Confession: I think Brooke Shields is kinda amazing, both for having survived being a child star with class (and managing to remain successful through adulthood) and for initiating a long-overdue public dialogue about postpartum depression.
And, even more importantly, for having great hair.
So I couldn’t be more thrilled to hear that she received an advocacy award from the Hope for Depression Research Foundation on Monday. During her acceptance speech, Brooke once again described the depths of her struggle with the disease, saying, “All I wanted to do was disappear and die.”
The 44-year-old actress, who wrote about her journey through depression in the book “Down Came the Rain,” told the audience she felt her life was meaningless after the birth of her first daughter.
“[I thought] I should not exist. The baby would be better off without me. Life was never going to get better — so I better just go,” she said. “We think and we feel that we should just be able to handle it on our own.”
Brooke has two daughters, Rowan, 6, and Grier, 3. After a miscarriage and seven IVF attempts, she gave birth to Rowan in 2003 with her husband, TV writer Chris Henchy. “I finally had a healthy beautiful baby girl and I couldn’t look at her,” she said. “I couldn’t hold her and I couldn’t sing to her and I couldn’t smile at her … All I wanted to do was disappear and die.”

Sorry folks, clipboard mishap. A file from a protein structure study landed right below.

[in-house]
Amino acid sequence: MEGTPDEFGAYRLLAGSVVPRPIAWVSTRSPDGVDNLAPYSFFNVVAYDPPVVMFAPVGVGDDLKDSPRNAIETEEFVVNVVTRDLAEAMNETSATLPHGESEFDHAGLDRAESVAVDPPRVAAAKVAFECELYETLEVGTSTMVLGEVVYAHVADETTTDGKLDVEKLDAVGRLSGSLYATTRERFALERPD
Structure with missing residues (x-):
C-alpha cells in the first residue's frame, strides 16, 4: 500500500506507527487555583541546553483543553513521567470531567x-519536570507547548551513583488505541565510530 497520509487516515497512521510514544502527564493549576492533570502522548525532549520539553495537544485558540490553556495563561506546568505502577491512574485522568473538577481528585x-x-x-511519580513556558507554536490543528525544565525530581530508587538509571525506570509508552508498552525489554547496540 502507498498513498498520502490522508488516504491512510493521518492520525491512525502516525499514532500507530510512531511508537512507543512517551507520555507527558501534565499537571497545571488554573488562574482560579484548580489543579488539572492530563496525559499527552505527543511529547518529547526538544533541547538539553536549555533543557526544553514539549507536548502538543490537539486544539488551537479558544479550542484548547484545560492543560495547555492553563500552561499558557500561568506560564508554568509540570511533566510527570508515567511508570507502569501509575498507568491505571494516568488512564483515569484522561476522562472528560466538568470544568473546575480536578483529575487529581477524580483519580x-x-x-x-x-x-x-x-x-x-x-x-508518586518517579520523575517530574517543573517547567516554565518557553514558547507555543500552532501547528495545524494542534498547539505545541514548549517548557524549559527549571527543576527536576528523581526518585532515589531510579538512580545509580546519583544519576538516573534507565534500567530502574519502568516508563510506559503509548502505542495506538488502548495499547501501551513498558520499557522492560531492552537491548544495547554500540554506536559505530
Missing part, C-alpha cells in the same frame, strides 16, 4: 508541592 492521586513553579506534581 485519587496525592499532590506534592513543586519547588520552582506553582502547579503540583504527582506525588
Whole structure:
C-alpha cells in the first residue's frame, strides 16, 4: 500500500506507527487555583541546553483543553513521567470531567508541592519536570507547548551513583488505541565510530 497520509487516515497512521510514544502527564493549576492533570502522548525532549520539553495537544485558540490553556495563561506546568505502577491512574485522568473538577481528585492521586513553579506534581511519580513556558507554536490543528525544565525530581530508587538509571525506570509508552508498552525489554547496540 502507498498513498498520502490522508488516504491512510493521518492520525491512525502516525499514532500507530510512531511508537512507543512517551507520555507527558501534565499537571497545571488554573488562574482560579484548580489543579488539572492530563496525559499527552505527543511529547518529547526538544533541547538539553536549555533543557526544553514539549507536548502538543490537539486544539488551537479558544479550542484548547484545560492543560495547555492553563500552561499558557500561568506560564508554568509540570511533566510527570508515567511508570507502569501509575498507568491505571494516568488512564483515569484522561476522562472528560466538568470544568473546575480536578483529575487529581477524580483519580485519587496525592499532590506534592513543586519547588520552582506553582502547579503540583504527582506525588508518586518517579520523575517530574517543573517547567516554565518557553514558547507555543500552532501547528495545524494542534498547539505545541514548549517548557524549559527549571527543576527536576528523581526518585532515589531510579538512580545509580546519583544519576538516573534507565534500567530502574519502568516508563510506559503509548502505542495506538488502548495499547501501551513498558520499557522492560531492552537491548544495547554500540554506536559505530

She consulted a doctor for help and was diagnosed with a chemical imbalance. “I learned what was going on inside my body and what was going on inside my brain. I learned I wasn’t doing anything wrong to feel that way. That it was actually out of my control,” she said. “I didn’t [fight] at first — but finally I did. I survived.”
I suffered from severe depression in college — it runs in my family, big-time — so I have been on high alert after giving birth to Miss Skye. I have not yet experienced any of the symptoms, other than the everyday frustrations of being a new mother, but am thankful to Brooke and others for making women aware that postpartum depression exists, that it is common, and that it is not only okay but NECESSARY to ask for help. That we are not alone.
And how do I repay Ms. Shields for this…? By posting a crazy-ass picture of her. That’s how I roll.